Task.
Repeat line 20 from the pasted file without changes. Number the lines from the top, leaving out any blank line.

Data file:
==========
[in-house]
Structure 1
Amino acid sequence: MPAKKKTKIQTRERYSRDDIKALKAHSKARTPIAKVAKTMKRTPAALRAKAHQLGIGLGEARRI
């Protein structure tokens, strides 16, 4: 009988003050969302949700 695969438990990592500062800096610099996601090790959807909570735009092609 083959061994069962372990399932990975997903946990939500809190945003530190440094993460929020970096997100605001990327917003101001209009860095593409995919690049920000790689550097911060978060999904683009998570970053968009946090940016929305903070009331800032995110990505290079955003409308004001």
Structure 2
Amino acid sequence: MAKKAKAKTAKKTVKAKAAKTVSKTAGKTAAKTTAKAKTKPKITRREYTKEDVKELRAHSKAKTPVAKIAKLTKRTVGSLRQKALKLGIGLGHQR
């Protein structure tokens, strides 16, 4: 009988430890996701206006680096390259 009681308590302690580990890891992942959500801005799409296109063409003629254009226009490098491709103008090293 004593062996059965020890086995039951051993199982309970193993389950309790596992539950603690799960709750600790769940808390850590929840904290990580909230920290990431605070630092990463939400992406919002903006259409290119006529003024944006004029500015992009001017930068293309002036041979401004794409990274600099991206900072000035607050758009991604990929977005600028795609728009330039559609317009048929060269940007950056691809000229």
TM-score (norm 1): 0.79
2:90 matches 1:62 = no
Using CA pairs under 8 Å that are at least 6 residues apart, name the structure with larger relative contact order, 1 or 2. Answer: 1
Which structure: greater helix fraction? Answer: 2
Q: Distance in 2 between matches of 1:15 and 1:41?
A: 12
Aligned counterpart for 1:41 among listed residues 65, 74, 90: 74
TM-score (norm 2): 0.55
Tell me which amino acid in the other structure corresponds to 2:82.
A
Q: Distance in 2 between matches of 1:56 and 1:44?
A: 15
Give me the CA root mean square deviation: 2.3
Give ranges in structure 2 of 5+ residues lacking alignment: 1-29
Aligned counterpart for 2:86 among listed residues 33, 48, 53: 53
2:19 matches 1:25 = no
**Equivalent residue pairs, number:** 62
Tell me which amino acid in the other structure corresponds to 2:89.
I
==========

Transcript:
Give me the CA root mean square deviation: 2.3